Lady Oscar (film)
||This article may be expanded with text translated from the corresponding article in the French Wikipedia. (January 2013)|
||This article may be expanded with text translated from the corresponding article in the Japanese Wikipedia. (January 2013)|
|Directed by||Jacques Demy|
|Produced by||Mataichiro Yamamoto|
Patricia Louisianna Knop
|Music by||Michel Legrand|
|Edited by||Paul Davies|
March 3, 1979
|Running time||124 minutes|
Lady Oscar is a 1979 film, based on the manga The Rose of Versailles by Riyoko Ikeda. The film was written and directed by Jacques Demy, with music composed by his regular collaborator Michel Legrand. The film is a Japanese-French co-production and was filmed in France.
Oscar Françoise de Jarjayes (Catriona MacColl) is a young woman whose father, a career military man, wanted a boy. After she was born her father took to dressing Oscar in boy's clothes and raising her as a man. Privately Oscar acknowledges her feminine side, she dresses as a man and gains an honored position as a guard of Marie Antoinette (Christina Bohm). In her youth, Oscar is in love with Andre (Barry Stokes), the son of the family's housekeeper. Years later, when the French Revolution begins, Oscar and Andre's paths cross for the first time in years. With the assault on the Bastille, Oscar and Andre find themselves fighting on opposite sides of the revolution.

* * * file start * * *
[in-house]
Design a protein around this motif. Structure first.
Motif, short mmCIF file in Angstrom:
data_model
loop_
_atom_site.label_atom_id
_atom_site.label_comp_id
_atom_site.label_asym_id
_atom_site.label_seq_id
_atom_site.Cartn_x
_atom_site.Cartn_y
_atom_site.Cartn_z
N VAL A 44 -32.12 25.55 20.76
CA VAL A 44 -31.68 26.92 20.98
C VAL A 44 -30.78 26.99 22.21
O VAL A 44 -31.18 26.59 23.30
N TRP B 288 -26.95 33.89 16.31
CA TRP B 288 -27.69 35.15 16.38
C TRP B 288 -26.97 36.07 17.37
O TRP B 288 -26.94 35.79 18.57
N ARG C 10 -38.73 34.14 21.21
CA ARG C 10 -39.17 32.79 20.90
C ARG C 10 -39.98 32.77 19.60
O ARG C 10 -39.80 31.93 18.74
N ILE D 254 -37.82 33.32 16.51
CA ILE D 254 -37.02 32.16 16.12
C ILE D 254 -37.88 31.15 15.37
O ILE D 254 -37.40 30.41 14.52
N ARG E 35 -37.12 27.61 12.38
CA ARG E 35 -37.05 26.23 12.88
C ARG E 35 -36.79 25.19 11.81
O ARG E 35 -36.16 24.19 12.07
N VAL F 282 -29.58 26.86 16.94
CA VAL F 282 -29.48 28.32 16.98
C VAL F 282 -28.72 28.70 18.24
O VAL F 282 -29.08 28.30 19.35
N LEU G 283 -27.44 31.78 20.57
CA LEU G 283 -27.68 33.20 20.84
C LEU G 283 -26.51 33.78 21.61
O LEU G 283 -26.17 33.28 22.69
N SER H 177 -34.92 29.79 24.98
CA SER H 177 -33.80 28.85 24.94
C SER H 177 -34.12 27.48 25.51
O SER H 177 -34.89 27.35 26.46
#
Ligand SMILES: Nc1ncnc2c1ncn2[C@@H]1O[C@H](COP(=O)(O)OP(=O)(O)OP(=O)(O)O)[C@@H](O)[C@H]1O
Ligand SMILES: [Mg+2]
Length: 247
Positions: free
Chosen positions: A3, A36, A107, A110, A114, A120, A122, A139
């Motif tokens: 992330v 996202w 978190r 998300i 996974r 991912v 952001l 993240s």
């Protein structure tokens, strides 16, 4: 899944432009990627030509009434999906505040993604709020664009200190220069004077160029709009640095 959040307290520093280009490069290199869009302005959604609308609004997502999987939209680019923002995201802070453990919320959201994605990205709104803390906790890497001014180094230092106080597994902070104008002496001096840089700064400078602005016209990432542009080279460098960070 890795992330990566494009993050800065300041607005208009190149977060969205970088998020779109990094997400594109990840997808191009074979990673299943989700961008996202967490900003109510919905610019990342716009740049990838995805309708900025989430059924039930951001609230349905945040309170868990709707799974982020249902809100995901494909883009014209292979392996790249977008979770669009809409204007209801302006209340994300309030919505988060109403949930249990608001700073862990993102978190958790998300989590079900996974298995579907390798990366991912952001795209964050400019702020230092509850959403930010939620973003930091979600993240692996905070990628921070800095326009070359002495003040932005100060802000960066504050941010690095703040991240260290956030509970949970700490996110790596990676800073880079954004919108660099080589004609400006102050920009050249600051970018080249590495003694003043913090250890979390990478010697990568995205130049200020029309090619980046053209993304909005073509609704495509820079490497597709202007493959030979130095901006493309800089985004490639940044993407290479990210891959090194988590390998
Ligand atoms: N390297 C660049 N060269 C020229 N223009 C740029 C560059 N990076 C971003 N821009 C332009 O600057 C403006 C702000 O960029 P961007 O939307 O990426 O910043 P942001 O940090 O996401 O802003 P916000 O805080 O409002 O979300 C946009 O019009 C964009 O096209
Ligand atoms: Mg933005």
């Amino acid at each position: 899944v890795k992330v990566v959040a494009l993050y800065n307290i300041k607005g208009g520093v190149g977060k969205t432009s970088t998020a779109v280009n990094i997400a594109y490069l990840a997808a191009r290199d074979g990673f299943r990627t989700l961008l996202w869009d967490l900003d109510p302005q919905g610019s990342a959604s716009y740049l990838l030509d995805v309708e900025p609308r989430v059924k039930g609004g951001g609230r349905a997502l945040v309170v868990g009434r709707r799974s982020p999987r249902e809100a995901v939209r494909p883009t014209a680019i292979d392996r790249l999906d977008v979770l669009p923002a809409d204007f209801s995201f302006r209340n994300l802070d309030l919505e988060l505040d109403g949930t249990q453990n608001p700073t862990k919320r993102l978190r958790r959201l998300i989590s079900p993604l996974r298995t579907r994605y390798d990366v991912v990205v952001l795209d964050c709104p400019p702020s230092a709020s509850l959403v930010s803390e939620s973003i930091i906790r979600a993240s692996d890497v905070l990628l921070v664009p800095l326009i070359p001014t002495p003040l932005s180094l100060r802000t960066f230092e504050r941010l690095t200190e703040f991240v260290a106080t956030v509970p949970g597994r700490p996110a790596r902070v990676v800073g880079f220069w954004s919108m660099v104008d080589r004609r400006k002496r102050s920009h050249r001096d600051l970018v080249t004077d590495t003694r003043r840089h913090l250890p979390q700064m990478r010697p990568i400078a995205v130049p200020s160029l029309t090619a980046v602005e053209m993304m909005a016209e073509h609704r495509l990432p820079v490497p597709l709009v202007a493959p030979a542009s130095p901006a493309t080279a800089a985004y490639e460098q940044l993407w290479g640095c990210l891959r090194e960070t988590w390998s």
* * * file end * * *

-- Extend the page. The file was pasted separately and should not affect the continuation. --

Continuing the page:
- Catriona MacColl as Oscar François de Jarjayes
- Patsy Kensit as young Oscar François de Jarjayes
- Barry Stokes as André Grandier
- Jonas Bergström as Hans Axel von Fersen
- Christine Böhm as Marie Antoinette
- Terence Budd as Louis XVI
- Mark Kingston as General Jarjayes
- Georges Wilson as General Bouillé
- Martin Potter as Count de Gerodere
- Sue Lloyd as Duchess de Polignac
- Anouska Hempel as Jeanne Valois de la Motte
- Mike Marshall as Nicolas de la Motte
- Christopher Ellison as Robespierre
- Constance Chapman as Nanny
- Gregory Floy as Cardinal de Rohan
- Shelagh McLeod as Rosalie Lamorlière
- Michael Osborne as Bernard Chatelet
- Angela Thorne as Mademoiselle Bertin
- Paul Spurrier as Prince Louis Joseph
- Rose Mary Dunham as Marquise de Boulainvilliers
The major sponsor of the film was Shiseido, a cosmetics company, and Catriona McColl promoted a red lipstick for the spring cosmetic line that year. Frederik L. Schodt translated the entire manga series into English as a reference for the producers of this film, but gave the only copy of the translation to them and it was lost.
- "The New York Times". The New York Times. Retrieved 2012-01-30.
- Graham, Miyako (1997). "Lady Oscar & I". Protoculture Addicts (45): 41.
- Thompson, Jason (2010-05-06). "The Rose of Versailles". Animenewsnetwork.com. Retrieved 2012-01-30.
- Buruma, Ian (1985) . "The Third Sex". A Japanese Mirror: Heroes and Villains of Japanese Culture. Great Britain: Penguin Books. pp. 118–121. ISBN 978-0-14-007498-7.
- Shamoon, Deborah (2007). "Revolutionary Romance: The Rose of Versailles and the Transformation of Shōjo Manga". Mechademia (University of Minnesota Press) 2: 3–17. ISSN 2152-6648.
|This article about a romantic drama film is a stub. You can help Wikipedia by expanding it.|
|This article related to a French film of the 1970s is a stub. You can help Wikipedia by expanding it.|